Who knew the Internet would go from being a fringe curiosity to being an indispensable part of our lives in less than 20 years? And who knows where the Internet will be 20 years from now?
Probably nobody. But there are some pretty good guesstimates floating around.
Some of them sound like good news. Some of them don't.
Vint Cerf, who is probably the person most often called "the father of the Internet" — and now a Google vice president — says in talks he gives these days that it's possible to foresee things five years ahead with some degree of certainty. For example:
This is already happening. Personal computers were once the only way you accessed the Internet, but today, personal digital assistants and cell phones go online and send and receive e-mail.
And it's pretty clear that more and more devices will be operated online, including smart cars, smart houses and gizmos we'll carry around with us to warn of hazardous environmental conditions or pollution and to predict the weather.
To see a brief interview with Cerf, visit www.mailtribune.com/vintcerf (scroll to the bottom of the page).
Electrolux, which is best known for its vacuum cleaners, has already developed the ScreenFridge, an Internet refrigerator that inventories and manages your food supplies. It will even e-mail a shopping list to your local supermarket. If the market delivers, the appliance will arrange for a delivery time that works with your schedule.
Toshiba envisions a "Smart Kitchen" in which all your home appliances will be hooked to the network. Each will have its own Internet Protocol address. To see if you have a cold beer in the fridge, you'll just dial up your appliance on your cell phone.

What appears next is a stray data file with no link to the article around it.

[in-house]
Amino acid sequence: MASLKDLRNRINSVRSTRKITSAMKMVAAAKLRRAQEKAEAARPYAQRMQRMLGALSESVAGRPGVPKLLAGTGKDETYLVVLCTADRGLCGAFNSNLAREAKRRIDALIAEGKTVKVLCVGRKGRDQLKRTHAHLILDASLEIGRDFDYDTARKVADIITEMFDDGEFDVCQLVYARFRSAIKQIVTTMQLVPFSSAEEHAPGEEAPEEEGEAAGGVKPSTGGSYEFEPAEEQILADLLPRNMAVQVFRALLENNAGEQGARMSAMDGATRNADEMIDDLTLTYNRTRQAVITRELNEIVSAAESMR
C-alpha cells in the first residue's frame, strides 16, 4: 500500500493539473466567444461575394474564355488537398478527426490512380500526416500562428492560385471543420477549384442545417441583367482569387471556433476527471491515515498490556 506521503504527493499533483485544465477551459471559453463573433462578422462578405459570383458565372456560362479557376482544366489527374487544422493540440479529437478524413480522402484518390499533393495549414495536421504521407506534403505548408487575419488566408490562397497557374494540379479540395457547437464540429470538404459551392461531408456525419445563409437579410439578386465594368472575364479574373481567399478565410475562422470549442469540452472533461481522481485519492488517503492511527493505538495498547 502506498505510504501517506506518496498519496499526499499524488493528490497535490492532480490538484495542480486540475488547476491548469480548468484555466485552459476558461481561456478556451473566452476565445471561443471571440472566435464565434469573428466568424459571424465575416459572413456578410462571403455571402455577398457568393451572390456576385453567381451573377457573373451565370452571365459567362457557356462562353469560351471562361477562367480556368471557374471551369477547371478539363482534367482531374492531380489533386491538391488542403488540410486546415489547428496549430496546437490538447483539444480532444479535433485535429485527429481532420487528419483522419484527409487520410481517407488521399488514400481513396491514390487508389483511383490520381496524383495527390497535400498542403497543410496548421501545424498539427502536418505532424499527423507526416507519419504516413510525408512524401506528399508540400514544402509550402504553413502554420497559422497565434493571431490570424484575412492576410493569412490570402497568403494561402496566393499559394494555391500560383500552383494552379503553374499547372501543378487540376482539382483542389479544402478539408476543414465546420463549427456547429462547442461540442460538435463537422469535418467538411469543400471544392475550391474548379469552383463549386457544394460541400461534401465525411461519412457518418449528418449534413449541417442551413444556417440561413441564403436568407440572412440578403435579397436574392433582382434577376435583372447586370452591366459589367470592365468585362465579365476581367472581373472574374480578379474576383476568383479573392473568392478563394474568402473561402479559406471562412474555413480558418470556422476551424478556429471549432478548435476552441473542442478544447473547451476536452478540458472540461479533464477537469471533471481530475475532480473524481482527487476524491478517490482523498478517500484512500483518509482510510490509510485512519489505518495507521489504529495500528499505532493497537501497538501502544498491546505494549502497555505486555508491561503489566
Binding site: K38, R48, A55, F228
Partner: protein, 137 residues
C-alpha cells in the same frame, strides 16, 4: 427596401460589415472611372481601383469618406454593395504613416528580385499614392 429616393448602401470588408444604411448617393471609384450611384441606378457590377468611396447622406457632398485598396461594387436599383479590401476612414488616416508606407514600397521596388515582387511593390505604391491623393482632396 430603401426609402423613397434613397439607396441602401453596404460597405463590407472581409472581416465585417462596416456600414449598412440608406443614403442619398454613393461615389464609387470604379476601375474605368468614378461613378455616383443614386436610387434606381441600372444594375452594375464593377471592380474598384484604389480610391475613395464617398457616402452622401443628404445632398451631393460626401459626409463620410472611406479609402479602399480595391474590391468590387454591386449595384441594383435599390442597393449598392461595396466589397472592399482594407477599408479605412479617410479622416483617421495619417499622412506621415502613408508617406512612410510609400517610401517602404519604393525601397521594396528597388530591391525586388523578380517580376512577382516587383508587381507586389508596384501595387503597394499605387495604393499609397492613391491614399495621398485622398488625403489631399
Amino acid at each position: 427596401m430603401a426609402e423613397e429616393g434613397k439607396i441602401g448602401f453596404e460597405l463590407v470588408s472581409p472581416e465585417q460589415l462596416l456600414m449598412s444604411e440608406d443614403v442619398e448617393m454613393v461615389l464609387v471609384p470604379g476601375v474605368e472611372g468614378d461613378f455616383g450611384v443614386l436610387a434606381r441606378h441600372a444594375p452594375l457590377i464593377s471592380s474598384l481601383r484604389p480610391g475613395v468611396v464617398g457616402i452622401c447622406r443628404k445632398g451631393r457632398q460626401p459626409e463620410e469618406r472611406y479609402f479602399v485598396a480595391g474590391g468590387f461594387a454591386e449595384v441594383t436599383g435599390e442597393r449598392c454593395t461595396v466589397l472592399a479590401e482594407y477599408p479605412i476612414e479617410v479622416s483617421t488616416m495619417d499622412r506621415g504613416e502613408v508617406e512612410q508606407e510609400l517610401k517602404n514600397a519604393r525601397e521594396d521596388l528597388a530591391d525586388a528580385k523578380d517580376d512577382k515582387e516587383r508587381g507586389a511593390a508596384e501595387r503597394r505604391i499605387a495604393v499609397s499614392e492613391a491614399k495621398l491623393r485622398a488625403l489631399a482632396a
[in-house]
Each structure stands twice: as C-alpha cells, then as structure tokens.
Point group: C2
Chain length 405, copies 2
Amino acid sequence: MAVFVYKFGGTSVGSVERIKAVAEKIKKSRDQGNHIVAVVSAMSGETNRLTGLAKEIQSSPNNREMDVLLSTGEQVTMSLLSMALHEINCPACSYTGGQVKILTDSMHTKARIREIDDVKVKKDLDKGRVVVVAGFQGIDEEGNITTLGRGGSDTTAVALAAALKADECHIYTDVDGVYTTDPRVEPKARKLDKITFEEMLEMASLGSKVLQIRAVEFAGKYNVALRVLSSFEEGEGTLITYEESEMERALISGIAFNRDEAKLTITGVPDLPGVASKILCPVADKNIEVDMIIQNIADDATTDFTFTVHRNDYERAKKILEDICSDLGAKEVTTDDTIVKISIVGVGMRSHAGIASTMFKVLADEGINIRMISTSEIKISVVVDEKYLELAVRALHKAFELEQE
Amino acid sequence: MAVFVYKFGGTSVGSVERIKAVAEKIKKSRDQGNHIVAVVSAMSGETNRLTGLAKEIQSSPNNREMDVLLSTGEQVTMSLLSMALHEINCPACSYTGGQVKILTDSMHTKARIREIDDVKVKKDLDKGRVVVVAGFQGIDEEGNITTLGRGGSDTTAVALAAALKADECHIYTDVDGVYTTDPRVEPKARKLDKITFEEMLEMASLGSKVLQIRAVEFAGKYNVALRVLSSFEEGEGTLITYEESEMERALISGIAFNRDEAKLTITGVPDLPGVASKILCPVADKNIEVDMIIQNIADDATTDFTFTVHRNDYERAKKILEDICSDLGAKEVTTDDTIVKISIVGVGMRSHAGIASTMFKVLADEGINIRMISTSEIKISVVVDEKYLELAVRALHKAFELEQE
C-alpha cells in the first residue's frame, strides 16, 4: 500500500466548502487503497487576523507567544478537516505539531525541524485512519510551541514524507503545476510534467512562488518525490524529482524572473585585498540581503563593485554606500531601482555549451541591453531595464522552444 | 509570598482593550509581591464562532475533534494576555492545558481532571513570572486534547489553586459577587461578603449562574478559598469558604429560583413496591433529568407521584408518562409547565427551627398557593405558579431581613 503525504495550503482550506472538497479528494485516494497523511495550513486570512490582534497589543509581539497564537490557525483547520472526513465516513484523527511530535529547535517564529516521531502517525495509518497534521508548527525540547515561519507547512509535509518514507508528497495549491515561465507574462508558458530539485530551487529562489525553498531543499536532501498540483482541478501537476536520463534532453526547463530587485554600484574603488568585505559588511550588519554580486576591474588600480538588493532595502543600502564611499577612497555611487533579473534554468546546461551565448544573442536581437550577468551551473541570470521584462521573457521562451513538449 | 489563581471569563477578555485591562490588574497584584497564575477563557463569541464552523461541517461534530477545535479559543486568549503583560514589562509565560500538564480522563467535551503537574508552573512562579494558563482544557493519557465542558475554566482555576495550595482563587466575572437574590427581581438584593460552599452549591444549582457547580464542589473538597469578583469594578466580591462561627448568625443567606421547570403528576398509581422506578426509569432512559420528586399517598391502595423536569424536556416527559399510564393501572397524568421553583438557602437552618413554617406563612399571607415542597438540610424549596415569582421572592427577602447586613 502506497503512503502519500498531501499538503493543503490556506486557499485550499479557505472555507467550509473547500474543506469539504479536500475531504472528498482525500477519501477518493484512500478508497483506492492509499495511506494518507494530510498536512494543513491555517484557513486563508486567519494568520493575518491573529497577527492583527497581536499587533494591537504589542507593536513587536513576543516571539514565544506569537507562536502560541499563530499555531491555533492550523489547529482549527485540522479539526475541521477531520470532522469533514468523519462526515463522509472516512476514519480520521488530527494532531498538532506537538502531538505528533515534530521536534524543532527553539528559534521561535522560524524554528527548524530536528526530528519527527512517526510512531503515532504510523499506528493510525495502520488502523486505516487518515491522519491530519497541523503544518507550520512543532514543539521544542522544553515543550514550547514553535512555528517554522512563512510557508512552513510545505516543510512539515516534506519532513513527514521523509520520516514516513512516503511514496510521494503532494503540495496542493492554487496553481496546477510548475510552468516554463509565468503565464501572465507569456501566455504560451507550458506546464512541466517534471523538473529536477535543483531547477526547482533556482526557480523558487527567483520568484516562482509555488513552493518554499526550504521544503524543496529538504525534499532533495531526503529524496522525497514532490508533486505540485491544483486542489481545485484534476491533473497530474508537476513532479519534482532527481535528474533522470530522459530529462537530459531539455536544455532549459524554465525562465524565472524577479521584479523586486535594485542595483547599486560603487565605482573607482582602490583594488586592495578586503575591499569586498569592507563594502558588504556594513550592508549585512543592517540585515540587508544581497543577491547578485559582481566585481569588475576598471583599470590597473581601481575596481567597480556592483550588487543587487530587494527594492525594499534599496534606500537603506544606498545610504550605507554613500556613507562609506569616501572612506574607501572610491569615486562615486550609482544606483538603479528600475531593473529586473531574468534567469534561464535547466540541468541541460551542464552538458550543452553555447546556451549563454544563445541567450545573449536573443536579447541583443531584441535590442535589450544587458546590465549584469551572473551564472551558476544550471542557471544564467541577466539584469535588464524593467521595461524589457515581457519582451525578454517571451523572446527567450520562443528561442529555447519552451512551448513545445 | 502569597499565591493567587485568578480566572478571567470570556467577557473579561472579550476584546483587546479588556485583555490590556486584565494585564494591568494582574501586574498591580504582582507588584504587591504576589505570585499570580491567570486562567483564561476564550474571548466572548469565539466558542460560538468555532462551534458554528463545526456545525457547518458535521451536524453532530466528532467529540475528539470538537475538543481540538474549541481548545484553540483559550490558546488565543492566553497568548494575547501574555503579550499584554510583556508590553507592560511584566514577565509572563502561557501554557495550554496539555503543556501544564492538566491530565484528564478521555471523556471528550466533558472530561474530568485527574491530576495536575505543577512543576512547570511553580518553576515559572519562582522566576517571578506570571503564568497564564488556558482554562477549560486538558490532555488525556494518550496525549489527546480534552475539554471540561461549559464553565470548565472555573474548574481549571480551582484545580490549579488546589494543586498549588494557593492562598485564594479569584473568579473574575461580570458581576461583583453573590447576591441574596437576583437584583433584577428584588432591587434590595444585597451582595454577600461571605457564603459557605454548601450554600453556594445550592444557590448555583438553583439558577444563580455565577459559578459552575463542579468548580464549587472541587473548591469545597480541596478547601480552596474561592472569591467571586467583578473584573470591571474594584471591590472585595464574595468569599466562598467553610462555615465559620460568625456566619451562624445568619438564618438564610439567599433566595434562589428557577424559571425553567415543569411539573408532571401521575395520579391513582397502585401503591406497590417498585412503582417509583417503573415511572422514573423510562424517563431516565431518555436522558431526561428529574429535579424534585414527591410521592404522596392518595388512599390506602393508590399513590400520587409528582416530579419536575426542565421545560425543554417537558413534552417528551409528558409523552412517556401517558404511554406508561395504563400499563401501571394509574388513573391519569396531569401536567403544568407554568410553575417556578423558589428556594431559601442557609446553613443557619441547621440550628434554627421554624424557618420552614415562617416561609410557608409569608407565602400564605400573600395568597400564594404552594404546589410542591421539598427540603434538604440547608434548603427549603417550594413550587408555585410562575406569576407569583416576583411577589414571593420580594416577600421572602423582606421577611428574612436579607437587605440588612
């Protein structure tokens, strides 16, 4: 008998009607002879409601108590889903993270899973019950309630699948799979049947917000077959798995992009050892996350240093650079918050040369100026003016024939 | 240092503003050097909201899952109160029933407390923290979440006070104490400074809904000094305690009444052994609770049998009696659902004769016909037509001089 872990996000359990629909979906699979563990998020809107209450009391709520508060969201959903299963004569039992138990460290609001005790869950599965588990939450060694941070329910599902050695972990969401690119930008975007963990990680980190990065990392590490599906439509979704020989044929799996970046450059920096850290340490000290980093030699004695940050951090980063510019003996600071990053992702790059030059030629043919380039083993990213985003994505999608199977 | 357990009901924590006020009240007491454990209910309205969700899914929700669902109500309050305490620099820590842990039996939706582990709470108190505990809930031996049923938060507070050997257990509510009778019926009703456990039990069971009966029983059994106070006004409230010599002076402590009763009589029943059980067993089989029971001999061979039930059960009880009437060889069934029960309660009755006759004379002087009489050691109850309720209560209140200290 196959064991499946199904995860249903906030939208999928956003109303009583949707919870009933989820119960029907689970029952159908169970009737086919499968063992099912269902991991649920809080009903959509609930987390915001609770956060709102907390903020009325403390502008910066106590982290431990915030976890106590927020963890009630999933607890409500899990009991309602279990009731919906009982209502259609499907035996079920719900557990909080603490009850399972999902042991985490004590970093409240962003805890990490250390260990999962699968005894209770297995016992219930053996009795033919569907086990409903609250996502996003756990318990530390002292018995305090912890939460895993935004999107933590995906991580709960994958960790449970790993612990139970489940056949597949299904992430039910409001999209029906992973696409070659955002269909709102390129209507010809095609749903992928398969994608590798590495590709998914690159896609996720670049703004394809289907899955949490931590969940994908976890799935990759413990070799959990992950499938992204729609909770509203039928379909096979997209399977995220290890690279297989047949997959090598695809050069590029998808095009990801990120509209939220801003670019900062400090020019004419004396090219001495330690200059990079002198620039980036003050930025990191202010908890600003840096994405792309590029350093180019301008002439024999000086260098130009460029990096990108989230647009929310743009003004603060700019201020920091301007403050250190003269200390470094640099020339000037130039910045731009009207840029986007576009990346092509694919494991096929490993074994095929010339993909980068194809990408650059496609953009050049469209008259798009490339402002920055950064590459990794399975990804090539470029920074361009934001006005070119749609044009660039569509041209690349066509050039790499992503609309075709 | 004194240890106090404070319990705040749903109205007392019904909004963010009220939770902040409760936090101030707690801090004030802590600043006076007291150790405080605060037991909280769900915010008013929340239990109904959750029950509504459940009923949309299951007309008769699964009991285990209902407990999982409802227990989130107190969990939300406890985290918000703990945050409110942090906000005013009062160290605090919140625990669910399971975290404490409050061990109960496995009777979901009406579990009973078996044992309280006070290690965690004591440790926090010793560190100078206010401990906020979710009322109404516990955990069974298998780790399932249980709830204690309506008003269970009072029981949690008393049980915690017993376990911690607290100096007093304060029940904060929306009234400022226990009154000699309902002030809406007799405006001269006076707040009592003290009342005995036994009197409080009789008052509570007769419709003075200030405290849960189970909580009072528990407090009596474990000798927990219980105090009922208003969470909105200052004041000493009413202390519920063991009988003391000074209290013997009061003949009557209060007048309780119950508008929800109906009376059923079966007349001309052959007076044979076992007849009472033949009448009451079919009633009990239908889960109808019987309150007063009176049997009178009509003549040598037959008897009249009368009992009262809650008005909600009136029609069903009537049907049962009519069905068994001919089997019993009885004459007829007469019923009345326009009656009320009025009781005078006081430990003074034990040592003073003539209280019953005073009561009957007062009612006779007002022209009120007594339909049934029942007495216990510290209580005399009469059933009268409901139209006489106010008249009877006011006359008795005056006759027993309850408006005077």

And this goes way beyond everyday appliances. NASA has developed a Virtual Collaborative Clinic that connects medical facilities and lets doctors manipulate three-dimensional images of MRI scans and other images. Doctors can even simulate surgery by using a "cyber scalpel" to practice their moves before using them on real patients. Among other things, it's a way for local hospitals of the near future to have resources once confined to the largest, most prestigious institutions.
One of the most far-reaching surveys on the future of the Internet was conducted by Elon University and the Pew Internet Project in fall 2004. More than 1,200 "network-technology stakeholders" made thousands of projections. Participants included people from Internet2, Microsoft, Oracle, RAND, AOL, IBM, the FBI, the FCC, Stanford, the University of California at Berkeley, Harvard, AT&T and other entities based all over the world (for detailed results, see www.mailtribune.com/pewinternetsurvey). Some of their forecasts are already coming true.
Respondents were asked to list institutions in regard to their likelihood for change due to the impact of the Internet, on a scale of one (no impact) to 10 (radical change). The institution considered likely to change the most was news, with a score of 8.46. These days, we see stories every day about the plight of newspapers.